The concept of induced demand is a fascinating phenomenon that challenges conventional wisdom about how we think about new highways. It suggests that building them can actually increase traffic congestion over time.
This counterintuitive idea has gained recognition among experts and has important implications for planning for our future transportation needs. So let’s delve into the concept of induced demand, examine its underlying mechanisms, discuss why the construction of the proposed highway 413 is likely to lead to worsening traffic gridlock….and look at some alternatives.
Understanding Induced Demand
“Induced demand” refers to the increase in the use of a highway or highway network when its capacity is expanded. The premise is that when new highways are built or existing ones are widened, they initially provide relief to congested areas. However, the extra capacity attracts more drivers who were previously discouraged by traffic congestion. Over time, the increased number of drivers offsets the initial congestion relief, resulting in a return to or even a worsening of the previous traffic levels.
The Mechanisms Behind Induced Demand
Several factors contribute to induced demand. First, the construction of new highways reduces travel time, making driving more attractive for individuals who previously chose alternative modes of transportation or changed their travel patterns.
Additionally, new highways often lead to urban sprawl as they facilitate commuting between city centers and outlying areas. This, in turn, increases the number of vehicles on the road and adds to the overall traffic volume. This is a particular risk if Highway 413 is built, as the provincial government has also forced the designation of large areas of new suburban sprawl in the areas where it would travel through.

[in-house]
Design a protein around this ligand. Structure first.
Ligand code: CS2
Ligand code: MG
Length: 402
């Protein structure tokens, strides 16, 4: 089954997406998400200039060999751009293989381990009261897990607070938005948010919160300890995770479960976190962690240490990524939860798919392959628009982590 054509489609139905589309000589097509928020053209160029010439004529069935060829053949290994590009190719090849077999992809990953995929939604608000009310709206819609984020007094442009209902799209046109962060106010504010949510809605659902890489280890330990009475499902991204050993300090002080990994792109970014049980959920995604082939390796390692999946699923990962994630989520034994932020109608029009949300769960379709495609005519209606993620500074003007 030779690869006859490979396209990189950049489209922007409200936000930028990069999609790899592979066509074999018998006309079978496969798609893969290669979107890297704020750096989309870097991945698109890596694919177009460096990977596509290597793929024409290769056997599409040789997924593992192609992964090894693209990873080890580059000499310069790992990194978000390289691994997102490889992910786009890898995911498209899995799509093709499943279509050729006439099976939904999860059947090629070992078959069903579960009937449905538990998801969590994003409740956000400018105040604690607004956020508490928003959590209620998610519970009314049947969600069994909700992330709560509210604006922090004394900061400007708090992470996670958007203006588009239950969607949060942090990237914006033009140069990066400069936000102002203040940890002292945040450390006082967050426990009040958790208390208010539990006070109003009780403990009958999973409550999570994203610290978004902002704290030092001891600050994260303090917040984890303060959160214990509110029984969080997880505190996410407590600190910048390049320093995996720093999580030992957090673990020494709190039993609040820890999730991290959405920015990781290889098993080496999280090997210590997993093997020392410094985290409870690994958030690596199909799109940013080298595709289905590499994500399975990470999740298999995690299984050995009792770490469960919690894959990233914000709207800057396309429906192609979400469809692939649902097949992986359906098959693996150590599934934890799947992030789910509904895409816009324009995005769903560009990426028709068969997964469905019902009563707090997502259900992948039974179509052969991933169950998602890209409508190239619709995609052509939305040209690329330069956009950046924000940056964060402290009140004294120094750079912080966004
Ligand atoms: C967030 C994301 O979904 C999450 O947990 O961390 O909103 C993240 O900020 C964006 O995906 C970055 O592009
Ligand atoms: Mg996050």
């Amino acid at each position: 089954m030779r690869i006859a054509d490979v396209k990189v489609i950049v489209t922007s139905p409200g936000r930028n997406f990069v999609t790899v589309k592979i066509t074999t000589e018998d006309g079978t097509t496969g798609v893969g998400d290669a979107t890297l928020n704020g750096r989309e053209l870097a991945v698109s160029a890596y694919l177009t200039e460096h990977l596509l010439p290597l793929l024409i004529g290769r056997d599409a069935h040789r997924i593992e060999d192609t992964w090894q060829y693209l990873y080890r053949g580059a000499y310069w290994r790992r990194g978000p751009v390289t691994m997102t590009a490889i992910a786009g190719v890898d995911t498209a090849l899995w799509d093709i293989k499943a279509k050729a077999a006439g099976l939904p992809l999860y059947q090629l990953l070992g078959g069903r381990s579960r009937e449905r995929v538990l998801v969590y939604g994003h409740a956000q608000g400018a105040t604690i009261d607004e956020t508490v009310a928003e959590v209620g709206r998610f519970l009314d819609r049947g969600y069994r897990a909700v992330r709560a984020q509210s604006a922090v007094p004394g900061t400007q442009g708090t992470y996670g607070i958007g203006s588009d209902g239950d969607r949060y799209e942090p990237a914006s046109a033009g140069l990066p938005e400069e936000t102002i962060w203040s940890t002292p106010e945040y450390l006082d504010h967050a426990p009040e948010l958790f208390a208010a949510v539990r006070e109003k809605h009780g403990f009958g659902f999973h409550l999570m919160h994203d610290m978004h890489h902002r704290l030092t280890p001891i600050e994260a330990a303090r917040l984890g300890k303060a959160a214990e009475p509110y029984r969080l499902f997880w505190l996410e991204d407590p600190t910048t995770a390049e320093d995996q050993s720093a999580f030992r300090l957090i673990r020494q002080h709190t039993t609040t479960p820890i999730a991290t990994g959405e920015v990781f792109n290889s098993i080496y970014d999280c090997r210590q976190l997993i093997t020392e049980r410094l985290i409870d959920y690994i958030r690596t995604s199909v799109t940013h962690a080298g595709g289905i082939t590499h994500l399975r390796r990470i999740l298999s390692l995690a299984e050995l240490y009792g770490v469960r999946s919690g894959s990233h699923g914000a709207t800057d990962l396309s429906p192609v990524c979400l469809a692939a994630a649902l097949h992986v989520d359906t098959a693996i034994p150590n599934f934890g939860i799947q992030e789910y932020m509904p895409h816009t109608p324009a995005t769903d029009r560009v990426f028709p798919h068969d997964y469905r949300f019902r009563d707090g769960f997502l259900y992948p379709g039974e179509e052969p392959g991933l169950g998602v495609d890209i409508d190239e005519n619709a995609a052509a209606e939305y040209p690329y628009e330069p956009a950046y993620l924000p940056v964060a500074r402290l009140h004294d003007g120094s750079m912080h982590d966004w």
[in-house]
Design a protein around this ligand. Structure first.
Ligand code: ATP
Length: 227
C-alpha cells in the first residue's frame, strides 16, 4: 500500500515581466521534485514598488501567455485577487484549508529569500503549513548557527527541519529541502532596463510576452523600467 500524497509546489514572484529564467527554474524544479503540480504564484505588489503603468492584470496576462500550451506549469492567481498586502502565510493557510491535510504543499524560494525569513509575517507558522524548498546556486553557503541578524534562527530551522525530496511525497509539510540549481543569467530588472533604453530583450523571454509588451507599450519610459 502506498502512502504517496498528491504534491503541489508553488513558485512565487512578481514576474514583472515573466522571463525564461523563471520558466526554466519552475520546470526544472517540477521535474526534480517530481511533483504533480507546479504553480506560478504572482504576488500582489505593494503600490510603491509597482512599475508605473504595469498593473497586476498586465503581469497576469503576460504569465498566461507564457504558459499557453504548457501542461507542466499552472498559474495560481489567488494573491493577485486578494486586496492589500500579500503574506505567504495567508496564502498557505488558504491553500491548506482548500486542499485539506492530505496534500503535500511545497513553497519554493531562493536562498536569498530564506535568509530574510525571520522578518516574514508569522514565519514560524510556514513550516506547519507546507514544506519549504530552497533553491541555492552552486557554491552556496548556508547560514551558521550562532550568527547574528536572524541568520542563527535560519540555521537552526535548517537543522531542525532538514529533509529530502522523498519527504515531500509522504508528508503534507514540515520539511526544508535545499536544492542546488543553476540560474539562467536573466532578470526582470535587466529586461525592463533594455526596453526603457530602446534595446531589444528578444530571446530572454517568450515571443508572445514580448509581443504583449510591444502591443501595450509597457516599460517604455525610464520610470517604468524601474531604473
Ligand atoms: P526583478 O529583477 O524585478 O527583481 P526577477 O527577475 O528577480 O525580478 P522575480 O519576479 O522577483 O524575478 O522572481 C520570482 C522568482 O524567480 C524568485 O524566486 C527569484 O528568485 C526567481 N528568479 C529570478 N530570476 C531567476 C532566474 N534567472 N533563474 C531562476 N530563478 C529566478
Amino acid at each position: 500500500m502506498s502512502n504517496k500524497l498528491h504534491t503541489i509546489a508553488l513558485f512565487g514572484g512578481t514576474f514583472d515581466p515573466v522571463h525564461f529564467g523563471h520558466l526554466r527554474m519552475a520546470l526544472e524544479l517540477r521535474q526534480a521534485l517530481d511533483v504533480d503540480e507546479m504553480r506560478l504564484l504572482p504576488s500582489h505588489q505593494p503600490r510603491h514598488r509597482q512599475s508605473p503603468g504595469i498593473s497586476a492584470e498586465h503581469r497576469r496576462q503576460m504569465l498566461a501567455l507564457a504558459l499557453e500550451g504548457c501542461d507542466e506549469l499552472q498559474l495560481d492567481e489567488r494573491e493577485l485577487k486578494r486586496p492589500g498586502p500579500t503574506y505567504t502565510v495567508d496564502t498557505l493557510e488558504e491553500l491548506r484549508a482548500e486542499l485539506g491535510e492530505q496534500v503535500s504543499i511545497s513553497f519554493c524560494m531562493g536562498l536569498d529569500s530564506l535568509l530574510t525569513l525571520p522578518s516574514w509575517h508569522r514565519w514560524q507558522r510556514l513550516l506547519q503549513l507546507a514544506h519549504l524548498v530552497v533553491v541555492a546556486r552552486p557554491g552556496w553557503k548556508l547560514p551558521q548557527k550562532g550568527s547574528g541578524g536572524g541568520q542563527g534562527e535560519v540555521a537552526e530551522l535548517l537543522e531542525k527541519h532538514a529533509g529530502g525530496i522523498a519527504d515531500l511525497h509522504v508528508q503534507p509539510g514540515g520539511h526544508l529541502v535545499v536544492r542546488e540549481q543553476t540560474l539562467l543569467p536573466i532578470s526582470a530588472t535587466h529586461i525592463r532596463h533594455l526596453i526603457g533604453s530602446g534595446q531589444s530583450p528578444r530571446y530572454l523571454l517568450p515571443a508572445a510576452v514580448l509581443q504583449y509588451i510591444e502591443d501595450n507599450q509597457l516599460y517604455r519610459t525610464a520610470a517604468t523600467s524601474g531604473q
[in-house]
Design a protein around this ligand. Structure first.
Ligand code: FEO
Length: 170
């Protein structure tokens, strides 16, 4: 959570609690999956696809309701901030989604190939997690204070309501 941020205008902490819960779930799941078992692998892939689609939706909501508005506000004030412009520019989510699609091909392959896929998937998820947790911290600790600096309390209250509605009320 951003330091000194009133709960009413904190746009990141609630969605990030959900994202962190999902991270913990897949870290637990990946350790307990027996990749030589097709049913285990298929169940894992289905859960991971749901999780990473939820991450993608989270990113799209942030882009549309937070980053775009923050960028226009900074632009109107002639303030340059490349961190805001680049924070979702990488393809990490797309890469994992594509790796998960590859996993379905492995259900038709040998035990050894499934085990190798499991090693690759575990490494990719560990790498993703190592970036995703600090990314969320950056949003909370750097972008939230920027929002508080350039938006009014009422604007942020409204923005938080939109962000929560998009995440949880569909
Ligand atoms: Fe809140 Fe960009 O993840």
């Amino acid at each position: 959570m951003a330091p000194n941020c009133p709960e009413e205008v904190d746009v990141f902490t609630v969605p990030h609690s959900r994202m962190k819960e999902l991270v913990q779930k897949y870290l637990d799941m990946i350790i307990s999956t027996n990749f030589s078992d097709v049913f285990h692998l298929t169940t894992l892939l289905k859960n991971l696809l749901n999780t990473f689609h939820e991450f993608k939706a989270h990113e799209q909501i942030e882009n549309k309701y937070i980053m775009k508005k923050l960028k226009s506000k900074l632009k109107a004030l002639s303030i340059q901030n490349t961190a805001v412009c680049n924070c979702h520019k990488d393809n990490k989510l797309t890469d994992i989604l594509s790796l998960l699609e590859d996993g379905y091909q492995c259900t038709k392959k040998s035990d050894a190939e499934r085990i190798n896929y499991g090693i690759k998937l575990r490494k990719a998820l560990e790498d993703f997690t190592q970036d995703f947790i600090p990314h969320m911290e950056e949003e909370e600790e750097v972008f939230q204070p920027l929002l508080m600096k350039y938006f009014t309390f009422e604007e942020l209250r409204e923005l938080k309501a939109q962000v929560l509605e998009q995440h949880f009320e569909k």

Another factor is the psychological phenomenon known as the “rebound effect.” When drivers experience reduced congestion and shorter travel times on newly built highways, they often change their behavior by driving more frequently, taking longer trips, or choosing routes that were previously avoided due to congestion.
These changes collectively contribute to the increased demand for road space and eventually lead to a return of congestion levels similar to those before the expansion.
The Paradox of Building New Highways
The paradox of building new highways is that they are often mistakenly seen as a solution to traffic congestion.
Governments and city planners commonly believe that constructing more lanes or building new roads will alleviate the problem by providing additional capacity. However, history and research have repeatedly shown that this approach does not address the root causes of congestion and can, in fact, make it worse. Nowhere is this more evident in the Greater Toronto Area (GTA) where decades of continuous highway construction and expansion have given rise to congestion that is rated the seventh worst on Earth.
One reason for this paradox is the concept of “triple convergence.” As new highways are introduced, traffic converges from three different sources: